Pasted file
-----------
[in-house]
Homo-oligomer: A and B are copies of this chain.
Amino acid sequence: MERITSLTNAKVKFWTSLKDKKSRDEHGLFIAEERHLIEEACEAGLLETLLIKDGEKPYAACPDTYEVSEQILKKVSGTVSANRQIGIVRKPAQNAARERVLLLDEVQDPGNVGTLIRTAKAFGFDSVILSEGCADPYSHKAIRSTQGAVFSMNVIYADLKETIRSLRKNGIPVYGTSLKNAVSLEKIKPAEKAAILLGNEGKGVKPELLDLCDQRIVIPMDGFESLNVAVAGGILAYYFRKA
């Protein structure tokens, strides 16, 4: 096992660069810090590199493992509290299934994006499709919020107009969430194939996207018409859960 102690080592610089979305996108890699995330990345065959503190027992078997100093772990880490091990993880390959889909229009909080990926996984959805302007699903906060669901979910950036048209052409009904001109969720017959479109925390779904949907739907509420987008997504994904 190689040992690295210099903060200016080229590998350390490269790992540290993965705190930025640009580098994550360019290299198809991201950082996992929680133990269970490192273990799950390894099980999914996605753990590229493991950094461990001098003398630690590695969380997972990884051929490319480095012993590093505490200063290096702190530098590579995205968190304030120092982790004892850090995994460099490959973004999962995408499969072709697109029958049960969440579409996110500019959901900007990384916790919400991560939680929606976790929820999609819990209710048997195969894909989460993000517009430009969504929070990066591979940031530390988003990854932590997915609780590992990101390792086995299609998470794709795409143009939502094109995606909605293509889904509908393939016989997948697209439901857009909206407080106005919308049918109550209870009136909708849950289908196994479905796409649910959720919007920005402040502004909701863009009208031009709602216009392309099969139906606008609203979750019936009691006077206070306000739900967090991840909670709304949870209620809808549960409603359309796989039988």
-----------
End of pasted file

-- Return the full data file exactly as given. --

[in-house]
Homo-oligomer: A and B are copies of this chain.
Amino acid sequence: MERITSLTNAKVKFWTSLKDKKSRDEHGLFIAEERHLIEEACEAGLLETLLIKDGEKPYAACPDTYEVSEQILKKVSGTVSANRQIGIVRKPAQNAARERVLLLDEVQDPGNVGTLIRTAKAFGFDSVILSEGCADPYSHKAIRSTQGAVFSMNVIYADLKETIRSLRKNGIPVYGTSLKNAVSLEKIKPAEKAAILLGNEGKGVKPELLDLCDQRIVIPMDGFESLNVAVAGGILAYYFRKA
């Protein structure tokens, strides 16, 4: 096992660069810090590199493992509290299934994006499709919020107009969430194939996207018409859960 102690080592610089979305996108890699995330990345065959503190027992078997100093772990880490091990993880390959889909229009909080990926996984959805302007699903906060669901979910950036048209052409009904001109969720017959479109925390779904949907739907509420987008997504994904 190689040992690295210099903060200016080229590998350390490269790992540290993965705190930025640009580098994550360019290299198809991201950082996992929680133990269970490192273990799950390894099980999914996605753990590229493991950094461990001098003398630690590695969380997972990884051929490319480095012993590093505490200063290096702190530098590579995205968190304030120092982790004892850090995994460099490959973004999962995408499969072709697109029958049960969440579409996110500019959901900007990384916790919400991560939680929606976790929820999609819990209710048997195969894909989460993000517009430009969504929070990066591979940031530390988003990854932590997915609780590992990101390792086995299609998470794709795409143009939502094109995606909605293509889904509908393939016989997948697209439901857009909206407080106005919308049918109550209870009136909708849950289908196994479905796409649910959720919007920005402040502004909701863009009208031009709602216009392309099969139906606008609203979750019936009691006077206070306000739900967090991840909670709304949870209620809808549960409603359309796989039988």